Sixty miles into the Seventy-48 race, Akeyla Behrenfeld decided she was done.  The 14-year-old Port Townsend middle schooler had rowed her home-built, wooden boat through rain, three to five-foot seas and 20-knot winds.  She was soaked from the salt spray, her arms aching, hands blistered.

The race had been won hours earlier by veteran rowers in high-tech boats, but dozens more competitors had beached their boats to wait out the worsening winds and seas.  Her dad, Port Townsend teacher Tim Behrenfeld, had been rowing alongside her, trying to encourage his daughter without pushing her beyond her limits.

“I called my mom to tell her we were quitting,” Akeyla recalls.  “She said she and my friends were waiting at the Port Townsend Cut, ready to cheer us on.”

OK, she told her dad.   Let’s finish.  

So they did, clocking in past midnight. It was the second time father and daughter had completed the extraordinary, human-powered race – 70 miles from Tacoma to Port Townsend.

Akeyla is a quiet, confident middle-schooler who swims two hours a day, and was inspired by the Sail Like a Girl crew that won the 2019 Race to Alaska.  Like those women, Akeyla’s Seventy48 experience embodies the spirit of Port Townsend’s no-engine races and the Wooden Boat Festival which celebrates boats and boaters alike.

Akeyla and her father had been scheduled to tell their story at the Wooden Boat Festival on Sept 11, but the festival has been cancelled due to the pandemic.

Her adventure dates, appropriately, to the 2018 Ruckus, the waterfront festivity that precedes the Race to Alaska, where she was drawn to a “really cool one-person wooden dinghy sitting on the lawn.”

“I didn’t say anything until the fall, when I read about the Seventy48 race, and I told Mom and Dad I wanted to do that race.”

Tim, an experienced whitewater rafter, thought it was a fine idea.  They borrowed a neighbor’s 16 foot rowing skiff and went to work, modifying the boat and getting comfortable rowing it on the bay.  They rowed the 2019 race in 25 hours, including a couple of rest stops.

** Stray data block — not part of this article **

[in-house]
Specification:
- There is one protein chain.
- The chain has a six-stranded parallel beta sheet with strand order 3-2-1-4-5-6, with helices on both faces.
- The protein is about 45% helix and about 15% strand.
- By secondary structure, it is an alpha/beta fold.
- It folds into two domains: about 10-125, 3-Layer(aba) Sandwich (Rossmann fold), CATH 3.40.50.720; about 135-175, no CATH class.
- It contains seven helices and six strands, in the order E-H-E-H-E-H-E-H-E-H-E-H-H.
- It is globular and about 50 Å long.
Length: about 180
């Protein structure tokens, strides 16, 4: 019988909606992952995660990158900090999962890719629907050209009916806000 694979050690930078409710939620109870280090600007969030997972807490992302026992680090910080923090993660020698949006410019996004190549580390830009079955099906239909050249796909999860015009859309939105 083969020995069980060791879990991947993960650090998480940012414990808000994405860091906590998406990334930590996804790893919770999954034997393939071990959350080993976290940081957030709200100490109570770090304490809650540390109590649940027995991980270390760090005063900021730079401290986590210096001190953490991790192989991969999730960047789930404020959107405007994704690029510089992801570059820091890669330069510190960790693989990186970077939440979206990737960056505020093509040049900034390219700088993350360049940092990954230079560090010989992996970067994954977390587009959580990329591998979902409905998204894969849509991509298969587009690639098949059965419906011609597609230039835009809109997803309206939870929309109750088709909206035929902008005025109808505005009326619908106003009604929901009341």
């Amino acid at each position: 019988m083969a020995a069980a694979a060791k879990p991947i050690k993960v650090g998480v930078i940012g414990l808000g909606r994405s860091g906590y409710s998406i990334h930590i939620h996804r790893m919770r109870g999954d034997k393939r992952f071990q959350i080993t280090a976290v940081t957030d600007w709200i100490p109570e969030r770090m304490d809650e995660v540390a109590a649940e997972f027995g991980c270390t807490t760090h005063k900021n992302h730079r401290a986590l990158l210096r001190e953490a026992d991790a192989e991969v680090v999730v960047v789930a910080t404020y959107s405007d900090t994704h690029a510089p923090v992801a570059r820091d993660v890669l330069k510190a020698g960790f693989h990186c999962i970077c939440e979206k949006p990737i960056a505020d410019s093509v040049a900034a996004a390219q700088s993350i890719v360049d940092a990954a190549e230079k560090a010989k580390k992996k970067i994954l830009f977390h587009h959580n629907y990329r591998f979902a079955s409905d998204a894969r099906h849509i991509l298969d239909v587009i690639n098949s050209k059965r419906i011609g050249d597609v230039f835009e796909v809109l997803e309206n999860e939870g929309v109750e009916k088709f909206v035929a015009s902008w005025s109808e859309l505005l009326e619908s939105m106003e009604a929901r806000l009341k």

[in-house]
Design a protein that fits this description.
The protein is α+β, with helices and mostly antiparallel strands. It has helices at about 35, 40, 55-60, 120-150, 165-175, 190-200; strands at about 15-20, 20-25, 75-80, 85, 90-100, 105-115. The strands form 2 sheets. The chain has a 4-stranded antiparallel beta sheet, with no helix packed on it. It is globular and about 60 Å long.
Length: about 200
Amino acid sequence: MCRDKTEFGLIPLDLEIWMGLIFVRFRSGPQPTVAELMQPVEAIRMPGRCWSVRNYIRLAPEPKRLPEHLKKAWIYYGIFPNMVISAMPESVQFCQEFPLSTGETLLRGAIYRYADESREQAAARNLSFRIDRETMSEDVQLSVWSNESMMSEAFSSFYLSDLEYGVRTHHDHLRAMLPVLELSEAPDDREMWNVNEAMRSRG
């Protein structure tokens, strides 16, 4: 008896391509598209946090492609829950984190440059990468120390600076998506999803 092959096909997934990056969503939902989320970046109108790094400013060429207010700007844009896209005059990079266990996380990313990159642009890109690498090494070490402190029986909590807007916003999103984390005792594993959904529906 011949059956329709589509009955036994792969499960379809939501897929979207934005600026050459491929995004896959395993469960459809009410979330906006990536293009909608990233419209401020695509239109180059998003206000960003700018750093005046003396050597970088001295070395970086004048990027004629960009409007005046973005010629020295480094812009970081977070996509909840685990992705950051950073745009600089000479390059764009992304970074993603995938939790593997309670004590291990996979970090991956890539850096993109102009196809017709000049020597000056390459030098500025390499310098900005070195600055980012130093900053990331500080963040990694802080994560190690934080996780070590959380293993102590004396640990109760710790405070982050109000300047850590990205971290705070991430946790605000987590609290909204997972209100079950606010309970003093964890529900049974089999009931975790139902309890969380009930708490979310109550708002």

“I loved rowing,” Akeyla says.  “Especially at night, out there in the silence with the phosphorescence. If something goes wrong, you find a way to deal with it.”

She wanted to do it again, but solo.  Mom and Dad agreed. They found plans for an 18-foot “expedition rowboat,” fully decked with a 5-foot cockpit, a wooden “stitch-and-glue” craft they could build in the garage.  And they built two of them. 

When the 2020 race was cancelled in the pandemic, they continued to work on their rowing skills until last June, when they hauled those boats down to Tacoma for the start.

The first few hours of rowing went well with light winds and following seas pushing them up Colvos Passage, glowsticks marking their boats in the darkness, communicating by walkie-talkie.

“It’s harder to row in darkness because you can’t see your oars,” she says. “It seemed like morning would never come.”

She wanted to stop for a rest, but father and daughter agreed to keep riding the favorable current as long as they could. 

Wind and waves picked up as they rowed the shores of Bainbridge Island and Kitsap Peninsula.  The GPS spot trackers on each competing boat showed that most had put ashore to wait out the weather.

But they finished.

“The ocean can slap you pretty hard,” Dad says.  “You learn your comfort level.  You have highs and lows, from awesome to why-in-the-world-am-I-out-here?”

Akeyla agrees.  “You learn what your boat can do, and what you can do.”

What can she do next?  “I need a new challenge,” she says.  “I’m thinking Race to Alaska.  I’m ready.”


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